Rough Men

If you don’t follow, or at least read, The Family Alpha you are missing out.  Hunter Drew has some good things to say that many men today need to hear.  This Post from June 7th, struck a cord with me.  Go read it and tell me if it doesn’t stir something in you.

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Hunter has done something most men lack the motivation to do.  Maybe not motivation, more accurately the balls to do.  After serving in the Navy previously, he has enlisted in the Army National Guard as an Infantry Officer.  Hunter describes something missing from his life that he had as member of the armed forces.  A mission.

There are many men who meander through life with no real mission, or worse making their wives their mission.  However, some of us, particularly those who served in the military or as a first responder, feel lost when we leave behind our mission.  When I was closing in on retirement from law enforcement last year, it was a mixed bag of relief that the stress and political BS plagued by most departments nowadays was over and scared to death of not finding anything to provide the rush and mission that the job provides.  I have found both to be true.

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The day before I walked out the door I volunteered for a particularly dangerous assignment as the point of contact in an arrest of a violent offender.  As I sat, waiting to do my part, I was wondering what the Fuck was I thinking and how am I going to leave this job.  How can I live a life without real danger, purpose, mission.  I took a picture of myself that morning (yes a selfie.. I know…) decked out in gear I seldom wore as an undercover officer.  To this day I look at that picture at times and remember that day, that feeling of adrenaline rush, fear and purpose all bundled together.  It was the end of my partner and I’s long term (several year) investigation resulting in federal drug and human trafficking charges, and it was going to be my last arrest as I walked out the door.  It all sounded great, until the last day came and the mission was over.

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Now I admire people who find their mission in business or some other arena.  I, as of today, have not found my mission in such venues.  I can’t find the satisfaction you get helping a victim of child abuse, elderly abuse, human trafficking, heroin dealers.  Generally you get no appreciation from your victims.  With the latter cases they often hate you… at first…  Even if you never get any appreciation from them, knowing you ended a shit bags reign of misery infliction was satisfaction enough.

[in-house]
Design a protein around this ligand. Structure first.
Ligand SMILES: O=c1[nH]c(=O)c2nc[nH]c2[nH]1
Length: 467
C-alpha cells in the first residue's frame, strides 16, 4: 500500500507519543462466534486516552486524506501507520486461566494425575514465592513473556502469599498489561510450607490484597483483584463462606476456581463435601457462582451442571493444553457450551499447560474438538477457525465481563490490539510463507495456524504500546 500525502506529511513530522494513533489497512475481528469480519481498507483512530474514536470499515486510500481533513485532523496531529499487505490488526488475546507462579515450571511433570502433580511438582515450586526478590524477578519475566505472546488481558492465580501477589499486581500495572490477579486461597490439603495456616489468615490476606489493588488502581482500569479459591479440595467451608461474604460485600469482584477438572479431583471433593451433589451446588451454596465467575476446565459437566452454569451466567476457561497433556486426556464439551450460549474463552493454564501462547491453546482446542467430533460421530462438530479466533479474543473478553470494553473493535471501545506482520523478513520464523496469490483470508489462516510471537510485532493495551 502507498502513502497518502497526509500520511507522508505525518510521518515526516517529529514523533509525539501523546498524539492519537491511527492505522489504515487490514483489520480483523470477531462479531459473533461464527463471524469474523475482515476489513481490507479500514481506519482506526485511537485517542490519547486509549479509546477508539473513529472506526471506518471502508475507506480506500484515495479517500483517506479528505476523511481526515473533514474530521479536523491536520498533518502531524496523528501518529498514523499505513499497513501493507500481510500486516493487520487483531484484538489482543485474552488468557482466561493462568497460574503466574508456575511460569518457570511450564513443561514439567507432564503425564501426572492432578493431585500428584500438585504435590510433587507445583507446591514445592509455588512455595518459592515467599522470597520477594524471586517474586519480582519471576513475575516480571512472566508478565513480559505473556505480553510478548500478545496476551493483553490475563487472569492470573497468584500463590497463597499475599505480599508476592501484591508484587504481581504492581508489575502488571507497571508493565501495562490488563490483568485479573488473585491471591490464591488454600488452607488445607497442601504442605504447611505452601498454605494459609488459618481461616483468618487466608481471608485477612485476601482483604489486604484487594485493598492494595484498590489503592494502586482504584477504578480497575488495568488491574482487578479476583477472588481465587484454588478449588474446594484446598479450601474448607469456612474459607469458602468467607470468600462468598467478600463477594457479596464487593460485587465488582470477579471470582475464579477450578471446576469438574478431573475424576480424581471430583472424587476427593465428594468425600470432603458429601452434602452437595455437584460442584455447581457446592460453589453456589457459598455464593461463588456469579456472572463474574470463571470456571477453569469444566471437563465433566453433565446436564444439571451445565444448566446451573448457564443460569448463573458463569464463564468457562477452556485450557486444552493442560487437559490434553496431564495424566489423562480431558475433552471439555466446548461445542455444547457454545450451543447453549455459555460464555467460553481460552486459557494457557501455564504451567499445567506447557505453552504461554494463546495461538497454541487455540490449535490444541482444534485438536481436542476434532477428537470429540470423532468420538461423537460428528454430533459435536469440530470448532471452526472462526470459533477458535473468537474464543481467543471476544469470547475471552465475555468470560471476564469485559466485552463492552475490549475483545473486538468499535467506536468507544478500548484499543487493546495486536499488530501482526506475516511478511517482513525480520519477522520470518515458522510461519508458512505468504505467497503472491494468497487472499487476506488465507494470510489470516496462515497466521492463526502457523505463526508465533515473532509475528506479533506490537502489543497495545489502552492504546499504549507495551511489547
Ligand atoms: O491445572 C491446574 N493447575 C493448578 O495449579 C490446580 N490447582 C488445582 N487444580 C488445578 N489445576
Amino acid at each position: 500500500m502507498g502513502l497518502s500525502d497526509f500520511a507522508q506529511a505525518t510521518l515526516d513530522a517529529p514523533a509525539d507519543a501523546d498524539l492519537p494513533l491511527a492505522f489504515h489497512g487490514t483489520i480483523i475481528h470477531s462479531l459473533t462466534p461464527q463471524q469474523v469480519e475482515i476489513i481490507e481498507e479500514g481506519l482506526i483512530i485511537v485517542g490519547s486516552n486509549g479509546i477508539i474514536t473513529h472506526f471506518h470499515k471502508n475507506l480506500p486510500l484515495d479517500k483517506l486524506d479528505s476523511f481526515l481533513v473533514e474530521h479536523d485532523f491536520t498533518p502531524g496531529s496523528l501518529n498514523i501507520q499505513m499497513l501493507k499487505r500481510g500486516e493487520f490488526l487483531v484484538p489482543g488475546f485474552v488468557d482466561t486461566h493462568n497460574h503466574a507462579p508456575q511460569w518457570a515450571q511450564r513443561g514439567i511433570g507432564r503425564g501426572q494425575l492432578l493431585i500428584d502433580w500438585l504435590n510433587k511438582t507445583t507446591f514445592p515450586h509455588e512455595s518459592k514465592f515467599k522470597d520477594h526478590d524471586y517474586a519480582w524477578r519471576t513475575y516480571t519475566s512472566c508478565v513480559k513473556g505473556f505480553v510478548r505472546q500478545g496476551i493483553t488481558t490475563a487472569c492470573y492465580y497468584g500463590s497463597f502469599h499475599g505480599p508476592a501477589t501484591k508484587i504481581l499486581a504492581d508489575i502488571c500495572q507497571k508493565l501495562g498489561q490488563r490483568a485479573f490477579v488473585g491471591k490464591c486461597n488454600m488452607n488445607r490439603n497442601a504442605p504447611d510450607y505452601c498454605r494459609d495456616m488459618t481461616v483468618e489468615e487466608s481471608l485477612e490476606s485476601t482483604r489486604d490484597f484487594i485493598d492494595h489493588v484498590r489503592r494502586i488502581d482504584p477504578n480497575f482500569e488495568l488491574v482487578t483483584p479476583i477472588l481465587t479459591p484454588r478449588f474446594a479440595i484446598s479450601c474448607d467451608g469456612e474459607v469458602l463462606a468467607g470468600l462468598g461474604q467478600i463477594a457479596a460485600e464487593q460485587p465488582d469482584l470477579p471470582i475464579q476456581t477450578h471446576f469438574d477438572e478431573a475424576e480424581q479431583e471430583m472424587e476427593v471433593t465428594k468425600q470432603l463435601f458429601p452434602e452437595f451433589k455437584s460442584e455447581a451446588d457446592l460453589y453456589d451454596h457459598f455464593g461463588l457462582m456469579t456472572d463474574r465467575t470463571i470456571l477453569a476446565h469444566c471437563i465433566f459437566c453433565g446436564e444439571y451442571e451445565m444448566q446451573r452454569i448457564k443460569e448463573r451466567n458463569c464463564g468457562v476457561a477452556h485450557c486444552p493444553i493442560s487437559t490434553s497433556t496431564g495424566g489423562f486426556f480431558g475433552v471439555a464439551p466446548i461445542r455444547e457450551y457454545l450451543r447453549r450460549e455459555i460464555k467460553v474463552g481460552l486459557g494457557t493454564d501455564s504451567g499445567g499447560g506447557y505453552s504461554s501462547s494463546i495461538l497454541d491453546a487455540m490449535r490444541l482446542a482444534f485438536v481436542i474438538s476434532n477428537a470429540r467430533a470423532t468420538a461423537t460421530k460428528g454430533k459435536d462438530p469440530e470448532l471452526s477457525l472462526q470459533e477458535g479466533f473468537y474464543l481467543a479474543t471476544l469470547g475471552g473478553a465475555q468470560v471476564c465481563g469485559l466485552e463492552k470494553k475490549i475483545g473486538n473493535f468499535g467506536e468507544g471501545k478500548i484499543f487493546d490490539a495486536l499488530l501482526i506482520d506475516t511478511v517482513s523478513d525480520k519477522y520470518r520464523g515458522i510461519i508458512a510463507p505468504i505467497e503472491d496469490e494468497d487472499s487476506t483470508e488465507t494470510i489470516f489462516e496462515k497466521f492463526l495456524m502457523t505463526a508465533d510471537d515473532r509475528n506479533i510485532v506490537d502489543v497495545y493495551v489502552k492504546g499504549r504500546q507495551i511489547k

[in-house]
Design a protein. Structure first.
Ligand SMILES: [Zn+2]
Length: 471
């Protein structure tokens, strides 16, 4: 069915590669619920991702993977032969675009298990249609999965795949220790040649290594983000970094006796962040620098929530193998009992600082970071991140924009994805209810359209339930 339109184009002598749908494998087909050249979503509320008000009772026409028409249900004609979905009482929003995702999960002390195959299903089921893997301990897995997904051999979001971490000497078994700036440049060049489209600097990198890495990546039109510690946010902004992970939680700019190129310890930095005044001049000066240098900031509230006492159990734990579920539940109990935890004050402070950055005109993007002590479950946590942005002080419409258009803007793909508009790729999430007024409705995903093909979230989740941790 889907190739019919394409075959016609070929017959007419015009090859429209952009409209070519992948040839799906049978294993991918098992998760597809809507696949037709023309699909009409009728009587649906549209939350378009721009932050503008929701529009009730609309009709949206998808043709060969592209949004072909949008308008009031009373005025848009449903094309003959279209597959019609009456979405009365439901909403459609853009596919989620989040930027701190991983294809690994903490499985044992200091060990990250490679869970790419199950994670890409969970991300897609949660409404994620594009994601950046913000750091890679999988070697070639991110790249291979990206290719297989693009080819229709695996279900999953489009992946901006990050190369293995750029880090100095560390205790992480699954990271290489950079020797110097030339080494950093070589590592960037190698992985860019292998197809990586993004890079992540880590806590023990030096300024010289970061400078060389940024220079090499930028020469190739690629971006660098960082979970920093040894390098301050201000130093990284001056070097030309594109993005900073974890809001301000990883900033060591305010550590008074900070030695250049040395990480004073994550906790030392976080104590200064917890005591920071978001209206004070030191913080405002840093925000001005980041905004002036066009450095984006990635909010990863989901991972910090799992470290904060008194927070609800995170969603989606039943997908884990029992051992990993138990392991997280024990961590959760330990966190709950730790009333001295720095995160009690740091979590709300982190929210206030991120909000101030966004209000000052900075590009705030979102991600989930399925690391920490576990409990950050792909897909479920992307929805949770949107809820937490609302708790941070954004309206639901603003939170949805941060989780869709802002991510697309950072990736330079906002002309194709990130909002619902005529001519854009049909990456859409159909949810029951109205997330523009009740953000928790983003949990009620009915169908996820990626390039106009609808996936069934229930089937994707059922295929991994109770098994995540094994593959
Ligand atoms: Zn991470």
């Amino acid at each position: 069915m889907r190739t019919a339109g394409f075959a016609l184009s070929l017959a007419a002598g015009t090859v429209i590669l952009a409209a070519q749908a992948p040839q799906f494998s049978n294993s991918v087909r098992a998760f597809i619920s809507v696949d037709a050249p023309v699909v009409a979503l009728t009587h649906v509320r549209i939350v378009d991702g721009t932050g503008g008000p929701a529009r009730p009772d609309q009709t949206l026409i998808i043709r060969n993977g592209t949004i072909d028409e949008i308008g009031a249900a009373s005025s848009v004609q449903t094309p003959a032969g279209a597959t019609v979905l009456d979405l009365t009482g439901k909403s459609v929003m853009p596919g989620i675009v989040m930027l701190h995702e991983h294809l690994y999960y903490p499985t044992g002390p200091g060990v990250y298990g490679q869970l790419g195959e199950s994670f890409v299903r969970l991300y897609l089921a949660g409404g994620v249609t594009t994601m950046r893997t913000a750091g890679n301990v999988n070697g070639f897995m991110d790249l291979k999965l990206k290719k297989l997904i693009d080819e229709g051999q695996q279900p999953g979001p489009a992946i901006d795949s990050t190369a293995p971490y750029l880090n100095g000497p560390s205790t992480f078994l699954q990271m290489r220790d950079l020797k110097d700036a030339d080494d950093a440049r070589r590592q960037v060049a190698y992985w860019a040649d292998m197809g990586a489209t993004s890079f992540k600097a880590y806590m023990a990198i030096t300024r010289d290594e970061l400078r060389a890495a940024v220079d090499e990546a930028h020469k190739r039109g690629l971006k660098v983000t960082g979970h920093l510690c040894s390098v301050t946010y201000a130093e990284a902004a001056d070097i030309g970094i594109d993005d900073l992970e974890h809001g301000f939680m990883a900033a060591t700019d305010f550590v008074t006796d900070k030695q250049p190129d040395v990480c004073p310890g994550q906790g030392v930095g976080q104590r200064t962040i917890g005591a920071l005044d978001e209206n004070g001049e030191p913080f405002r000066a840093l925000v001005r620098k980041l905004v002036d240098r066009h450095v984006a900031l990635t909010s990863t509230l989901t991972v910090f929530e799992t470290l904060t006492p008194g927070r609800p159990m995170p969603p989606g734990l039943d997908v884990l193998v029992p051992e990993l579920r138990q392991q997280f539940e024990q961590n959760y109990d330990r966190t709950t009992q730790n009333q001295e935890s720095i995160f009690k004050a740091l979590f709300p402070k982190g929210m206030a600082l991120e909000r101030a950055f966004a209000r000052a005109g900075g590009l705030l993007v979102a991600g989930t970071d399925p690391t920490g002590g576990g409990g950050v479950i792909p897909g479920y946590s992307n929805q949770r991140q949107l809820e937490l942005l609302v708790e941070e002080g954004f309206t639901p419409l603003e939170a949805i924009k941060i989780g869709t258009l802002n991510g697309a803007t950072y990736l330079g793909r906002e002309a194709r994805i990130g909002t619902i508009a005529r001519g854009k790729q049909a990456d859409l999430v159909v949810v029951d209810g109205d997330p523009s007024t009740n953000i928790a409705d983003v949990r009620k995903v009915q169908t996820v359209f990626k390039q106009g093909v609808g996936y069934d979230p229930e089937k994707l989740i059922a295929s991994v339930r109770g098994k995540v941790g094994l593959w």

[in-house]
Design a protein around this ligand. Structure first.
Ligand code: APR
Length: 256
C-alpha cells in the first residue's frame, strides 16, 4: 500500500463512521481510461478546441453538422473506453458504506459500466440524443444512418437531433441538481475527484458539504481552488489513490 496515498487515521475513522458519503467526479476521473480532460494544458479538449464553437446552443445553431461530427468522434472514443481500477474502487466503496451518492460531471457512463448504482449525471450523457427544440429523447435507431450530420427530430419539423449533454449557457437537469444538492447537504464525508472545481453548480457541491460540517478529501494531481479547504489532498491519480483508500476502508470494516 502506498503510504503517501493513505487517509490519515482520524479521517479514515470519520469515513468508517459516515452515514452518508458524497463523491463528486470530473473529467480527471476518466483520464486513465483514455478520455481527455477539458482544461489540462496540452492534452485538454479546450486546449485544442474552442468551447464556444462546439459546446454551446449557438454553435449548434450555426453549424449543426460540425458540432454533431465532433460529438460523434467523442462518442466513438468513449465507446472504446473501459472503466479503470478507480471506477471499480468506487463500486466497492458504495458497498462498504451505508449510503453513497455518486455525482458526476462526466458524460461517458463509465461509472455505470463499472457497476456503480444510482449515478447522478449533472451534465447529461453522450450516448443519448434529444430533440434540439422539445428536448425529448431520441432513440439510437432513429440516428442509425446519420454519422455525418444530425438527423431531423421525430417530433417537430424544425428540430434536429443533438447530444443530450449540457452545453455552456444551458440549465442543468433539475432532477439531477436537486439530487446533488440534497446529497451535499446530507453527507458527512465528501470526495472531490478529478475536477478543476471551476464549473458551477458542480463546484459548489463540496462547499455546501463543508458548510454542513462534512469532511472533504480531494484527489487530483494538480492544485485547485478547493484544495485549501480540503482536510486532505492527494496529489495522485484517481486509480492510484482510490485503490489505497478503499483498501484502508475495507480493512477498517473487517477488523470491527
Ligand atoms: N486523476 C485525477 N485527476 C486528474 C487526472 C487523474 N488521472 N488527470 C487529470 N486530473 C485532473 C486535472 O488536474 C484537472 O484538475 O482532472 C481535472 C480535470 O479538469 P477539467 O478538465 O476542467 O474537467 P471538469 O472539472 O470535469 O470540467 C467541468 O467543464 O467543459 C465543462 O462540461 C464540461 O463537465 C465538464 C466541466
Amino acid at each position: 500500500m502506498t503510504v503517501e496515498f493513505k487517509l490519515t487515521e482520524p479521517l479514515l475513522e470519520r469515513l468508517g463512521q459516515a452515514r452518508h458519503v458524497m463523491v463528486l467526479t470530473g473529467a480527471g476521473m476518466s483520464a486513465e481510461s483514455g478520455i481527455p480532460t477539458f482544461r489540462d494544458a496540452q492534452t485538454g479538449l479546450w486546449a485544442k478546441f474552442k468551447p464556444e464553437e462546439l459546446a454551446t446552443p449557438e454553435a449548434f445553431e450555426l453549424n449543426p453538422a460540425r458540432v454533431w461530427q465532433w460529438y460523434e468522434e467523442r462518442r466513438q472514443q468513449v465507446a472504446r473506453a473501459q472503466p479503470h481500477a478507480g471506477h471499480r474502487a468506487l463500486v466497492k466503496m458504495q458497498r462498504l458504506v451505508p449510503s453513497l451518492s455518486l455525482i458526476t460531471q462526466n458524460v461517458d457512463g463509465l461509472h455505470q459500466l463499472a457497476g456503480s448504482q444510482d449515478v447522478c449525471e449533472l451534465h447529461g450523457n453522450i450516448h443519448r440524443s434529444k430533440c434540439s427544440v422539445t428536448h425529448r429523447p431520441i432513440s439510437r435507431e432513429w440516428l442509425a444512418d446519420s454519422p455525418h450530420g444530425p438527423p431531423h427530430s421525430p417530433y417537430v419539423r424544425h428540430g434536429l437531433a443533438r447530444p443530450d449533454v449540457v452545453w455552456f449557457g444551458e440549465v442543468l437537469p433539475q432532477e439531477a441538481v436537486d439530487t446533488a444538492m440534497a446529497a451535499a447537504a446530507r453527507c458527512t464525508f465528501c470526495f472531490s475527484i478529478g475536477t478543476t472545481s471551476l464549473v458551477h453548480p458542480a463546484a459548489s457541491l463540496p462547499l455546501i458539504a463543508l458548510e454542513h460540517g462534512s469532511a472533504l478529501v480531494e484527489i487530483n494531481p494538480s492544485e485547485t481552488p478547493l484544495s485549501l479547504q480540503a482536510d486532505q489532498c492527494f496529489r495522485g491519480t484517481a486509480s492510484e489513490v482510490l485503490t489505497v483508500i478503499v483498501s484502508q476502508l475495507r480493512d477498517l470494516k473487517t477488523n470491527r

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So here I am, feeling adrift without a real direction, no real purpose.  Oh I have a job, but it lacks something.  No rush, no sense of accomplishment.  I just can’t get into it.

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So when I read Hunter’s post about how he is handling his search for a mission, I felt I had to give him kudos (not that he needs anything from me).  I feel like I could have written much of what he is feeling.  A little different path and circumstances, but very similar spots we find ourselves in.

I’m not sure where I will end up, but I need to scratch this itch somehow.  I have to find a purpose.  I have to identify my “WHY.”  I am not ready to quit just yet.  I still have some fuel in the tank.  I’ve had friends (who haven’t walked where we have) who say “just be glad you made it out alive and enjoy it.”  They mean well, but they cannot understand that once you have looked down the barrel of a gun on a dark roadside, alone, at 3am, and fought your way out, that having Panera pastries delivered by a vendor in the break room just doesn’t do it for you…

Hats off to you Hunter, and all those like you, who have the balls to walk the walk.

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2 thoughts on “Rough Men

  1. Pingback: Rough Men – by a Retired Police Officer | All Things Bright and Beautiful

  2. Ah that us old men who lived life without purpose could find it so easily. If I could join the National Guard at my age I most certainly would, as my son has joined the Marines and I can say only that I feel both pride and regret at his decision. Pride that he would sacrifice his time and body to serve his country, pride that he, at least for the next several years, has purpose and a goal. Regret that I did not do the same in my youth. Now, old and nearly broken what am I to do? I cannot join the military, as my knees are now much more damaged than they were before, so much so that it prevents me from being able to stay in shape, as every type of activity lends to the pain. I had thought perhaps to find purpose with the church, but have even had trouble there. What then can an old man do?

    If only we could be like the old men in tales no longer told, standing at the forefront of battle, sword in hand, shield at the ready, capable of dying a warriors death in honor because we choose to and it is expected of us, rather than sitting at a computer, punching away at keys whilst our muscles deteriorate.

    I need to get out more.

    Liked by 2 people

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